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Biomass Power Plants Worse Than Coal-Fired Power Plants

Ben Webster, The Times

Biomass power plants could be worse for the environment than coal-fired stations, analysis has suggested.

Burning wood from North America in British power stations can result in higher greenhouse emissions than burning coal, a report by David MacKay, the government’s chief scientific adviser on energy, said.

If the wood was left over from trees felled for other purposes, it would result in lower emissions. However, if it came from whole trees, the total emissions — including taking it to a pelleting plant, drying it and shipping it to Britain — could be higher than using coal. This adds to pressure on the government to ensure that cutting emissions by subsidising power stations to switch from coal to wood or other biomass does not have the opposite effect.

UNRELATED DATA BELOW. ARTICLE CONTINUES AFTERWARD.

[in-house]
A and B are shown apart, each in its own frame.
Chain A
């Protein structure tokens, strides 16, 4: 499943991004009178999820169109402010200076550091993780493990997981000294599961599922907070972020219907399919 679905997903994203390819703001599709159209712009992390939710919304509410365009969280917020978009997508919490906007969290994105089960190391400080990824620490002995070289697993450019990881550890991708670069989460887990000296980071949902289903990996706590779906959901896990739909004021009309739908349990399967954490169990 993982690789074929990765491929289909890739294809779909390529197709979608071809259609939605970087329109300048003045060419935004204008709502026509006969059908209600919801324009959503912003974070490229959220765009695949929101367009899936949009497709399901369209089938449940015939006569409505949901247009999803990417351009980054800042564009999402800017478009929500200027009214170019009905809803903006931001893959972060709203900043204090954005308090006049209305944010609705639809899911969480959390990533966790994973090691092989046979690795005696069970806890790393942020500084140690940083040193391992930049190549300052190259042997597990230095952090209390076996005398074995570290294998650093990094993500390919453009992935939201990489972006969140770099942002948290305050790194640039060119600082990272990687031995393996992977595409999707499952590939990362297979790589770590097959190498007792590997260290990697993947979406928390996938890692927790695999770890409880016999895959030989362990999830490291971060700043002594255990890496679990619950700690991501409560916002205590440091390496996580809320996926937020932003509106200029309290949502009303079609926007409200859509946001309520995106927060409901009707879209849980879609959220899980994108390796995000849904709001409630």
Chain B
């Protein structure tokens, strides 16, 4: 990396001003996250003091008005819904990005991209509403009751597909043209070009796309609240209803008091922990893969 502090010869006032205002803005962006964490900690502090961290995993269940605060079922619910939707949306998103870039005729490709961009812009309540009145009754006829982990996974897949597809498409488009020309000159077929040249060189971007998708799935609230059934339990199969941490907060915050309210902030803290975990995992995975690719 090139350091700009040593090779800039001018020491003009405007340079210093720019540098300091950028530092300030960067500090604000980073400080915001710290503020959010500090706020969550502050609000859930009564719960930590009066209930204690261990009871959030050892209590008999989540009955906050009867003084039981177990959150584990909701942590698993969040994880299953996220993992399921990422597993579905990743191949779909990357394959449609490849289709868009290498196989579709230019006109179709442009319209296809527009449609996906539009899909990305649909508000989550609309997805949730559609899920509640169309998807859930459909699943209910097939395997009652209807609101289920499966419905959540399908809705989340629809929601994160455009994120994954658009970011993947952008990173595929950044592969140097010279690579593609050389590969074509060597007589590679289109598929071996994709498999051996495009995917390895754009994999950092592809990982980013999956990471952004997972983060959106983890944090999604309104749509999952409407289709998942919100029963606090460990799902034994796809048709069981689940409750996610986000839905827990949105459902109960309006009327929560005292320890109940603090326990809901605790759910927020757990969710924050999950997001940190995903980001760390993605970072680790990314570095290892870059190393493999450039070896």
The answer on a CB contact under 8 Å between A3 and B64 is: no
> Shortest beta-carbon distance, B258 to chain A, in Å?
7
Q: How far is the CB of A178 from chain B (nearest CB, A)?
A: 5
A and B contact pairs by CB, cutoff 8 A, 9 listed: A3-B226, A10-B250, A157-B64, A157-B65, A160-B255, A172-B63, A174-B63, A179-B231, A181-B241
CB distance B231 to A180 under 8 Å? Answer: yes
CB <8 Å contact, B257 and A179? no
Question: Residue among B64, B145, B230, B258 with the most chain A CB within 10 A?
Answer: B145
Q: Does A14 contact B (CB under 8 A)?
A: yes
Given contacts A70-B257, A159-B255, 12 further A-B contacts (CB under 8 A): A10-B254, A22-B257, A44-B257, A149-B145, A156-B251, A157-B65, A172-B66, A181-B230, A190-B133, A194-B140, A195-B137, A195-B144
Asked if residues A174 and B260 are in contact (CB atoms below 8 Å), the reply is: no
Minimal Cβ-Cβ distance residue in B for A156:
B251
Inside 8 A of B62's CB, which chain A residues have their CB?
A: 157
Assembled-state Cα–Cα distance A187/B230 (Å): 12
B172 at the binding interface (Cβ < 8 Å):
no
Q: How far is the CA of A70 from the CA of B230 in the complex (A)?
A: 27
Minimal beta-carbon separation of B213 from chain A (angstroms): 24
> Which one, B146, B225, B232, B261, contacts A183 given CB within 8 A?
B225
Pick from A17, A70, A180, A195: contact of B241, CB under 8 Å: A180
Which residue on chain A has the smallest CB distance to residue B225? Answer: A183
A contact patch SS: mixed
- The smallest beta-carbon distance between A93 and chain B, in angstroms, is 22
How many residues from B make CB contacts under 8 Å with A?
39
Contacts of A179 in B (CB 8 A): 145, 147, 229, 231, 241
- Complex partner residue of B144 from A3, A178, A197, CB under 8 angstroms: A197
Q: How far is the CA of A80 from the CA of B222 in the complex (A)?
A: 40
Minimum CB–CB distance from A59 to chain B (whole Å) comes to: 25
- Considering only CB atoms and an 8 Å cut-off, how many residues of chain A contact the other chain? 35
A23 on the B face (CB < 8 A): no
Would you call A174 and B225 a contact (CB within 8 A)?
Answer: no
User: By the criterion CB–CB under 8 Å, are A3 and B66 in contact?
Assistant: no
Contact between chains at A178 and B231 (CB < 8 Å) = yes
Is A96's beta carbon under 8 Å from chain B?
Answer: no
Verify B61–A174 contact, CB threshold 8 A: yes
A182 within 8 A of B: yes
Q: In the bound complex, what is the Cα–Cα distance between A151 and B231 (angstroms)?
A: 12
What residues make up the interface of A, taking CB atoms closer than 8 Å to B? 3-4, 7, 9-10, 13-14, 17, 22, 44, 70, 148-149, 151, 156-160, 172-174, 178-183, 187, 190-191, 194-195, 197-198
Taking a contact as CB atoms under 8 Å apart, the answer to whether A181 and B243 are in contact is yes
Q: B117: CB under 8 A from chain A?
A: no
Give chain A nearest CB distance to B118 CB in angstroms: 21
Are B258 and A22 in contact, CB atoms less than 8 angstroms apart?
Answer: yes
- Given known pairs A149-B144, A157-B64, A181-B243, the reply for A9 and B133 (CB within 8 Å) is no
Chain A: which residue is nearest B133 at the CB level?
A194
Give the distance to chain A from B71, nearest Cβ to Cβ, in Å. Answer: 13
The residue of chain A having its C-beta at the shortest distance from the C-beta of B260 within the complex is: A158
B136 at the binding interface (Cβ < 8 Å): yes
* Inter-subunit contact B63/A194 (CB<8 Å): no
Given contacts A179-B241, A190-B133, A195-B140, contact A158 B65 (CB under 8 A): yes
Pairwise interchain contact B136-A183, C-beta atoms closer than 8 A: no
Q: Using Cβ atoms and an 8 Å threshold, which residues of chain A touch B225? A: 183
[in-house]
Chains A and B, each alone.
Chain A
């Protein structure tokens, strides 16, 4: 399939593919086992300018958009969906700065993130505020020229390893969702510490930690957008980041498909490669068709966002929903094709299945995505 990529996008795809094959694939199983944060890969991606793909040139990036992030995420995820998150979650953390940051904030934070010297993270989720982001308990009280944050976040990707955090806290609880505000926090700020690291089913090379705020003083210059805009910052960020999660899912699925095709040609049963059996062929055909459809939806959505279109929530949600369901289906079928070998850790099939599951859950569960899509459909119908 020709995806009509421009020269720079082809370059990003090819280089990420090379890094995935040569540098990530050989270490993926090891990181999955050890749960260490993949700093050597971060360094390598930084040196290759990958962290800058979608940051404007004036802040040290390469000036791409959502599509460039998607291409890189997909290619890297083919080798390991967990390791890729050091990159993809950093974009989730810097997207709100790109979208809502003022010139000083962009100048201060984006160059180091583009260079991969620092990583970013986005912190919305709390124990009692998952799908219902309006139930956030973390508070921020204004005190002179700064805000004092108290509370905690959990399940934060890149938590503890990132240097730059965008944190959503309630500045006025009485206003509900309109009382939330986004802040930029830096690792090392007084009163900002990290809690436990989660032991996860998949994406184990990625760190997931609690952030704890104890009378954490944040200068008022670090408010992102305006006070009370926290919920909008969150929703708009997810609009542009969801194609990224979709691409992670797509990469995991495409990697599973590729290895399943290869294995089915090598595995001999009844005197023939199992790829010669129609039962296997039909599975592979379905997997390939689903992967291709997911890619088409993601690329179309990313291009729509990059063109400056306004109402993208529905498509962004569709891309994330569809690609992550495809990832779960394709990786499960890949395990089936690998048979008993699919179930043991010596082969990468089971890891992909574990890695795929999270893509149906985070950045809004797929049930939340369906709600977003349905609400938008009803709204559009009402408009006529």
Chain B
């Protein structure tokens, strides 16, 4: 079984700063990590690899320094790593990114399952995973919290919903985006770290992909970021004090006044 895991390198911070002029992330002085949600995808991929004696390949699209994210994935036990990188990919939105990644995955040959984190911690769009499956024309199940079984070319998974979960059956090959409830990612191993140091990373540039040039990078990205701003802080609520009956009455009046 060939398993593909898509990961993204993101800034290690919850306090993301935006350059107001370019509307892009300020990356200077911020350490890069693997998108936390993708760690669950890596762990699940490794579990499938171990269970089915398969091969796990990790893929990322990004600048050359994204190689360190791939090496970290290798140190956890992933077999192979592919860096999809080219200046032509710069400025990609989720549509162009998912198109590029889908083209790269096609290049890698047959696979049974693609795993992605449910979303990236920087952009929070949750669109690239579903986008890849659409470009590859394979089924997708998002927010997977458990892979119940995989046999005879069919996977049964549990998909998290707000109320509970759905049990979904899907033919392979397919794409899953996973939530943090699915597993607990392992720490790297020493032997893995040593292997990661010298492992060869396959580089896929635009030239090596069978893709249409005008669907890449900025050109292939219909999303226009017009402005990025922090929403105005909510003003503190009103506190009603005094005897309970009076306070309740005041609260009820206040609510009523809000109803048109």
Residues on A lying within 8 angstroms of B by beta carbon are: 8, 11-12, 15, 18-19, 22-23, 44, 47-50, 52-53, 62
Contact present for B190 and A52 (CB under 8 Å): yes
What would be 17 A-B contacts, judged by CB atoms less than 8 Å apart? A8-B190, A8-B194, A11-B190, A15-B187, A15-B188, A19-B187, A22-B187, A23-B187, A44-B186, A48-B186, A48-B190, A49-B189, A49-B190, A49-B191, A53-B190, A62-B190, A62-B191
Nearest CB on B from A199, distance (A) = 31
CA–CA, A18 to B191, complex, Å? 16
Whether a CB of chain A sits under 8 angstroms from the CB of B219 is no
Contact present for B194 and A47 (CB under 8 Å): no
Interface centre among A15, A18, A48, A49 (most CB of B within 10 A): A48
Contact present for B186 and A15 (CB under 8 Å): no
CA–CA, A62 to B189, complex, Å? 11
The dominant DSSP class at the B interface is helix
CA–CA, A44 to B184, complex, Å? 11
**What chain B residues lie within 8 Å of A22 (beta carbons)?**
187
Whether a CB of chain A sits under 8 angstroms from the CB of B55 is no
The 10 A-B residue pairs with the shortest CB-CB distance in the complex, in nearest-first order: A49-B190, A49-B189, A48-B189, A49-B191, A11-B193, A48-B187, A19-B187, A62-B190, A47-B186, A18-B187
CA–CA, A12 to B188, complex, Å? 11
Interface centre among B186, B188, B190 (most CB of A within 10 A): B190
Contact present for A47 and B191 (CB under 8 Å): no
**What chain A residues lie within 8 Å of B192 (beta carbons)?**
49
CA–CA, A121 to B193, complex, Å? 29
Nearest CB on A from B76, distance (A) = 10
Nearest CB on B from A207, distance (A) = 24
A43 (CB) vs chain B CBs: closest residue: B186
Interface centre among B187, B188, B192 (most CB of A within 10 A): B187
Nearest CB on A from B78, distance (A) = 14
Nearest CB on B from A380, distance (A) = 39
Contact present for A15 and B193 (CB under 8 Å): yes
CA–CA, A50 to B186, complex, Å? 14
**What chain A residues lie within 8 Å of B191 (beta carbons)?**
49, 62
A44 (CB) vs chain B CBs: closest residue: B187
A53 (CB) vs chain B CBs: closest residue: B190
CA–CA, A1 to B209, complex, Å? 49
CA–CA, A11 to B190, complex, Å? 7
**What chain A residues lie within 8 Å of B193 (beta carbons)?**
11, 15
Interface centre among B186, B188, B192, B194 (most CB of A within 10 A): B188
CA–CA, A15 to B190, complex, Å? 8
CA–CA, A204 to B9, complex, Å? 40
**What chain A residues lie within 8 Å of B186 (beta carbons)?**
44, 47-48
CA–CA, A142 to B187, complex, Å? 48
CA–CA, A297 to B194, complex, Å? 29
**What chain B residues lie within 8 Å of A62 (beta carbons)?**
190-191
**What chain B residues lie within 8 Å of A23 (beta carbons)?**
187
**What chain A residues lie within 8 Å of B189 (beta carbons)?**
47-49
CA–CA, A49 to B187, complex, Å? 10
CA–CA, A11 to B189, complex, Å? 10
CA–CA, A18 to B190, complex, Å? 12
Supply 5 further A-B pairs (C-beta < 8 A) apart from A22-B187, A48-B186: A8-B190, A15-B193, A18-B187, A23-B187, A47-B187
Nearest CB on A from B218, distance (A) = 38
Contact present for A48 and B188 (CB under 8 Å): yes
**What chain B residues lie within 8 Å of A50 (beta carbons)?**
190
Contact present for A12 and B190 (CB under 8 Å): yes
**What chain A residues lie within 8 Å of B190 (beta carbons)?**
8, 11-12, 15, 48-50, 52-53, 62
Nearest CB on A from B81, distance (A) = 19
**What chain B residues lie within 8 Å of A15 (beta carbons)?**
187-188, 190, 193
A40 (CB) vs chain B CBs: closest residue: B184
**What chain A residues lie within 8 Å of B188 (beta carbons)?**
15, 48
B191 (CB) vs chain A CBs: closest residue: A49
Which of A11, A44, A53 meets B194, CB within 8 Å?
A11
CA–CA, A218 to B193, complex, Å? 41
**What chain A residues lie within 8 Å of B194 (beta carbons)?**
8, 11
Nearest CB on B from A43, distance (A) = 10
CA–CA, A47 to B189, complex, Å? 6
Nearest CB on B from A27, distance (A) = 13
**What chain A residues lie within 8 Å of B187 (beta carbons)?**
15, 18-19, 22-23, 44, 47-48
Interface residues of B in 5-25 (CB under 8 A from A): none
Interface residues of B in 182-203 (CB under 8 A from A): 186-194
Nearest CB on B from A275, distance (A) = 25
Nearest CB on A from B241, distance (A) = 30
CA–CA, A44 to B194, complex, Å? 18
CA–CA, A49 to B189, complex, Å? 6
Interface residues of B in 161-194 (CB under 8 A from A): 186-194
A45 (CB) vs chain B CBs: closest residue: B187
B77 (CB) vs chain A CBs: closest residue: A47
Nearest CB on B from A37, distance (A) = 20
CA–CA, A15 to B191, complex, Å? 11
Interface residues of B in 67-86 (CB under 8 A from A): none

Up to 10 per cent of Britain’s electricity could come from biomass by 2020, the Department of Energy says. Electricity-generating companies have said that a large proportion of the biomass they will burn will come from North American forests because Britain does not have enough wood.

Drax, Britain’s largest power station, has already converted one of its six coal-fired boilers to biomass and plans to convert two more. It imports a million tonnes of wood from the US and Canada each year and this is expected to rise to seven million tonnes by 2016.

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